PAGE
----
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Computer Generated Watercolor

 Curtis, Anderson, Seims, Fleisher, Salesin
             SIGGRAPH 1997

                   ...
Background

   NPR
   Purpose : aesthetic rather than
    technical
   Artificial art ?
Harold Cohen – 80’s
Haeberli - 1990
Meier - 1995
Litwinowicz - 1997
Hertzmann – 1998, 2001
Gooch - 2001
Today : Curtis et al. - 1997
Overview
   Particularities of Watercolor
   Computer simulation
       Fluid simulation
       Kubelka-Munk rendering...
Like no other medium


   Beautiful textures and patterns
   Reveals the motion of water
   Luminous, glowing
Blake (1757-1827)
Turner (1775-1851)
Constable (1776-1837)
Cezanne (1839-1906)
Kandinski (1866-1944)
Klee (1879-1940)
Carter (1955-)
Watercolor materials


   Paper
   Pigments
Watercolor effects




a)   Dry brush        d)   Granulation
b)   Edge darkening   e)   Flow
c)   Back runs        f)   G...
Simulation..
Fluid simulation I
   3 layers :
Fluid simulation II
   Parameters of the simulation :
       Wet-area mask : M
       Velocities : u,v
       Pressure...
Paper simulation
   Supposedly : shape of every fiber
    matters
   A simpler model : a height field
   Generation : P...
Main loop
   For each time step
       Move Water
            Update velocities
            Relax Divergence
         ...
Conditions for realism
   Flow must be constrained so water
    remains within M
   Surplus of water causes flow outward...
Rendering : Kubelka-Munk
   For each pigment, 2 coeff. Per RGB layer :
       K : absorbtion
       S : scattering
   ...
Types of paints
   Opaque (e.g. Indian Red)
   Transparent (e.g. Quinacridone Rose)
   Interference (e.g. Interference ...
Optical compositing
   Compute R and T :

   Then compose :

   Weight relatively to relative thicknesses
Discussion of the KM model
   Assumptions partially satisfied :
       Identical refractive indices
       Random orien...
Application I
   Interactive painting :
Application II
   Watercolorization :
Application III
   3D models :
Future work

   Other effects
   Automatic rendering
   Generalization
   Animation
Summary

   A particular painting technique
   A physically based simulation
       Fluid motion
       Optical compos...
Conclusion and discussion


   Efficiency issues and long term interest
   Border between art, physics and
    computer ...
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Computer Generated Watercolor

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Computer Generated Watercolor

  1. 1. Computer Generated Watercolor Curtis, Anderson, Seims, Fleisher, Salesin SIGGRAPH 1997 Presented by Yann SEMET Universite of Illinois at Urbana Champaign Universite de Technologie de Compiegne
  2. 2. Background  NPR  Purpose : aesthetic rather than technical  Artificial art ?
  3. 3. Harold Cohen – 80’s
  4. 4. Haeberli - 1990
  5. 5. Meier - 1995
  6. 6. Litwinowicz - 1997
  7. 7. Hertzmann – 1998, 2001
  8. 8. Gooch - 2001
  9. 9. Today : Curtis et al. - 1997
  10. 10. Overview  Particularities of Watercolor  Computer simulation  Fluid simulation  Kubelka-Munk rendering  Applications  Discussion
  11. 11. Like no other medium  Beautiful textures and patterns  Reveals the motion of water  Luminous, glowing
  12. 12. Blake (1757-1827)
  13. 13. Turner (1775-1851)
  14. 14. Constable (1776-1837)
  15. 15. Cezanne (1839-1906)
  16. 16. Kandinski (1866-1944)
  17. 17. Klee (1879-1940)
  18. 18. Carter (1955-)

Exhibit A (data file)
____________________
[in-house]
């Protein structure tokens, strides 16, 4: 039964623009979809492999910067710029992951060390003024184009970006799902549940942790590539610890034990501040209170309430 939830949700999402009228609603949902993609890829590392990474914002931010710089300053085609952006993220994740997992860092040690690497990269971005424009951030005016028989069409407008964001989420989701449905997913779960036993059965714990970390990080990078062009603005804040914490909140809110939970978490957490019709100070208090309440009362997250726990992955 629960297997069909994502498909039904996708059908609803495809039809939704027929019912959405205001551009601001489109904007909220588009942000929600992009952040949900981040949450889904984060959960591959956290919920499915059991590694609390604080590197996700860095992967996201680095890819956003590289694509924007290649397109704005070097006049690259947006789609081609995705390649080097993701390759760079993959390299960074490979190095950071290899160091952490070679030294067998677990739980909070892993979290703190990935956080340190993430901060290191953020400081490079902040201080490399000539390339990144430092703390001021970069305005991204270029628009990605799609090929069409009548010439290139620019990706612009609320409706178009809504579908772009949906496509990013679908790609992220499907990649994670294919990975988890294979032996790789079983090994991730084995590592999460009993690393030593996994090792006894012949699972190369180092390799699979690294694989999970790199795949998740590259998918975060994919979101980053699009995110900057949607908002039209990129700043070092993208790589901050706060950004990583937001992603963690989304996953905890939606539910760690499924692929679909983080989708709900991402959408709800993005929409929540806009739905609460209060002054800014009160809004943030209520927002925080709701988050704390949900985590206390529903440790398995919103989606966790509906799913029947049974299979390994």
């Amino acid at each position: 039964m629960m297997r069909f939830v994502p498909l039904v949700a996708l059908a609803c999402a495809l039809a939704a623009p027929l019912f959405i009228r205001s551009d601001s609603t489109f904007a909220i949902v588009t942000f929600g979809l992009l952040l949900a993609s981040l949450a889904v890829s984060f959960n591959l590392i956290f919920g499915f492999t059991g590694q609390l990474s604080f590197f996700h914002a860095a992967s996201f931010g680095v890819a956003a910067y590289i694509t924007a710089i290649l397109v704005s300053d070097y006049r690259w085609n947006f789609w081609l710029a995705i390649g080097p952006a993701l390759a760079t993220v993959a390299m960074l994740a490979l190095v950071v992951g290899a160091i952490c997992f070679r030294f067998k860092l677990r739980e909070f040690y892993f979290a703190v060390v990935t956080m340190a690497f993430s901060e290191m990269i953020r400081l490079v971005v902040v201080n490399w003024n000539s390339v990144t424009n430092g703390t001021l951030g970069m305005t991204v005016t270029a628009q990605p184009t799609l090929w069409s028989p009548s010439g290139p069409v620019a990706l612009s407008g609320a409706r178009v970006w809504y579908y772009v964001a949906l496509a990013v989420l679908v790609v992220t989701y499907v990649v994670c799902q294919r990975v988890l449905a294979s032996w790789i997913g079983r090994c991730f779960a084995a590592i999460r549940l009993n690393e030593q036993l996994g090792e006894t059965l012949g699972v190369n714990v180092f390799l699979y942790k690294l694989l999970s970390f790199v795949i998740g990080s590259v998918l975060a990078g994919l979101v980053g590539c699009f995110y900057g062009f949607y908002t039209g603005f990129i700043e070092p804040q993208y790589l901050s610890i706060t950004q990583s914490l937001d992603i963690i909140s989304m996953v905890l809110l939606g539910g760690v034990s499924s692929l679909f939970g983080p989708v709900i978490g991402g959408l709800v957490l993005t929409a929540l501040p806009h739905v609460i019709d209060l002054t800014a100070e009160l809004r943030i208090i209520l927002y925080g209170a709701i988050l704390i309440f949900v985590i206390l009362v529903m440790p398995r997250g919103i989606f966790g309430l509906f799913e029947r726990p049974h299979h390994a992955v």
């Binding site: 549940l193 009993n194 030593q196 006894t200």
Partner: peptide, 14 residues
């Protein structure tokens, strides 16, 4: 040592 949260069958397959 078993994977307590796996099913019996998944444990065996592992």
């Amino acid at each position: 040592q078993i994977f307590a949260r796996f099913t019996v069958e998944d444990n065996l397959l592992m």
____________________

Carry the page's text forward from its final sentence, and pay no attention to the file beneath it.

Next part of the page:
19. 19. Watercolor materials  Paper  Pigments
  20. 20. Watercolor effects a) Dry brush d) Granulation b) Edge darkening e) Flow c) Back runs f) Glazing
  21. 21. Simulation..
  22. 22. Fluid simulation I  3 layers :
  23. 23. Fluid simulation II  Parameters of the simulation :  Wet-area mask : M  Velocities : u,v  Pressure : p  Concentration : gk  Height of paper : h  Physical properties : density, staining power, granularity, etc.  Fluid properties : saturation, capacity, etc.
  24. 24. Paper simulation  Supposedly : shape of every fiber matters  A simpler model : a height field  Generation : Perlin’s noise and Worley’s cellular textures
  25. 25. Main loop  For each time step  Move Water  Update velocities  Relax Divergence  Flow Outward  Move Pigment  Transfer Pigment  Simulate Capillary Flow
  26. 26. Conditions for realism  Flow must be constrained so water remains within M  Surplus of water causes flow outward  Flow must be damped to minimize oscillating waves  Flow is perturbed by texture of paper  Local changes have global effects  Outward flow to darken edges
  27. 27. Rendering : Kubelka-Munk  For each pigment, 2 coeff. Per RGB layer :  K : absorbtion  S : scattering  Supposedly : K and S are measured  Here : user provides Rw and Rb
  28. 28. Types of paints  Opaque (e.g. Indian Red)  Transparent (e.g. Quinacridone Rose)  Interference (e.g. Interference Lilac)  Different hues (e.g. Hansa Yellow)
  29. 29. Optical compositing  Compute R and T :  Then compose :  Weight relatively to relative thicknesses
  30. 30. Discussion of the KM model  Assumptions partially satisfied :  Identical refractive indices  Random orientation of pigments  Diffuse illumination  1 wavelength at a time  No chemical interaction  Works surprisingly well !  OK, because we’re looking for appearance, not actual modeling
  31. 31. Application I  Interactive painting :
  32. 32. Application II  Watercolorization :
  33. 33. Application III  3D models :
  34. 34. Future work  Other effects  Automatic rendering  Generalization  Animation
  35. 35. Summary  A particular painting technique  A physically based simulation  Fluid motion  Optical compositing  Application and results
  36. 36. Conclusion and discussion  Efficiency issues and long term interest  Border between art, physics and computer science

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